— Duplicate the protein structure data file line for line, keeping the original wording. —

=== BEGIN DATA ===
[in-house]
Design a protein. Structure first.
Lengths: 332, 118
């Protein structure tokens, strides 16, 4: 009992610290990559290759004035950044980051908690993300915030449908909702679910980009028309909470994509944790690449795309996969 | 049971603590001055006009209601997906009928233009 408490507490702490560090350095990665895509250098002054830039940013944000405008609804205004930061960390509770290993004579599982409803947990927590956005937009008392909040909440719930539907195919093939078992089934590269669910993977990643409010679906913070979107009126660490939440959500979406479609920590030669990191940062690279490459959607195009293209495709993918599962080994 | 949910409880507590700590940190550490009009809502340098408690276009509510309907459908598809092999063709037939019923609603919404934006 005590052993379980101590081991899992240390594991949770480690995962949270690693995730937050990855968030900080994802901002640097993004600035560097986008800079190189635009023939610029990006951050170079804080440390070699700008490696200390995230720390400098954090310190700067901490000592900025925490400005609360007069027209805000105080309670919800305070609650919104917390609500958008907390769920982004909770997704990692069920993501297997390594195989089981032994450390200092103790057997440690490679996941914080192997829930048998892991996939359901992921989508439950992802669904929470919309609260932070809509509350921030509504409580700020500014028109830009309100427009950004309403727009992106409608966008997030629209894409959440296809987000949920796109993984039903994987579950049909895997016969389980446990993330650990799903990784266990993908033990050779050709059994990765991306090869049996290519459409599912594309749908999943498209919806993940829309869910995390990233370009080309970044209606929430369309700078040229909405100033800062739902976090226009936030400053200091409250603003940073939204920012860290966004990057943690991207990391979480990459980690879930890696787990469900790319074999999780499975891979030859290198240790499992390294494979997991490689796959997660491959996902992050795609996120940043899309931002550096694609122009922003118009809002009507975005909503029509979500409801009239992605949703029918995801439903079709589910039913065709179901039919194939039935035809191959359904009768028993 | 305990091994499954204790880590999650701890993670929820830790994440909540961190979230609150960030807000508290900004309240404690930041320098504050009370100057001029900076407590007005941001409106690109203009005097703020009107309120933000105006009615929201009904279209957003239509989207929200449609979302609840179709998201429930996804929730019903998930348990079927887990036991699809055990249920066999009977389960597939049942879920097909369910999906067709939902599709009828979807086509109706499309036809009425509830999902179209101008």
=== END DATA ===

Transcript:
[in-house]
Design a protein. Structure first.
Lengths: 332, 118
């Protein structure tokens, strides 16, 4: 009992610290990559290759004035950044980051908690993300915030449908909702679910980009028309909470994509944790690449795309996969 | 049971603590001055006009209601997906009928233009 408490507490702490560090350095990665895509250098002054830039940013944000405008609804205004930061960390509770290993004579599982409803947990927590956005937009008392909040909440719930539907195919093939078992089934590269669910993977990643409010679906913070979107009126660490939440959500979406479609920590030669990191940062690279490459959607195009293209495709993918599962080994 | 949910409880507590700590940190550490009009809502340098408690276009509510309907459908598809092999063709037939019923609603919404934006 005590052993379980101590081991899992240390594991949770480690995962949270690693995730937050990855968030900080994802901002640097993004600035560097986008800079190189635009023939610029990006951050170079804080440390070699700008490696200390995230720390400098954090310190700067901490000592900025925490400005609360007069027209805000105080309670919800305070609650919104917390609500958008907390769920982004909770997704990692069920993501297997390594195989089981032994450390200092103790057997440690490679996941914080192997829930048998892991996939359901992921989508439950992802669904929470919309609260932070809509509350921030509504409580700020500014028109830009309100427009950004309403727009992106409608966008997030629209894409959440296809987000949920796109993984039903994987579950049909895997016969389980446990993330650990799903990784266990993908033990050779050709059994990765991306090869049996290519459409599912594309749908999943498209919806993940829309869910995390990233370009080309970044209606929430369309700078040229909405100033800062739902976090226009936030400053200091409250603003940073939204920012860290966004990057943690991207990391979480990459980690879930890696787990469900790319074999999780499975891979030859290198240790499992390294494979997991490689796959997660491959996902992050795609996120940043899309931002550096694609122009922003118009809002009507975005909503029509979500409801009239992605949703029918995801439903079709589910039913065709179901039919194939039935035809191959359904009768028993 | 305990091994499954204790880590999650701890993670929820830790994440909540961190979230609150960030807000508290900004309240404690930041320098504050009370100057001029900076407590007005941001409106690109203009005097703020009107309120933000105006009615929201009904279209957003239509989207929200449609979302609840179709998201429930996804929730019903998930348990079927887990036991699809055990249920066999009977389960597939049942879920097909369910999906067709939902599709009828979807086509109706499309036809009425509830999902179209101008």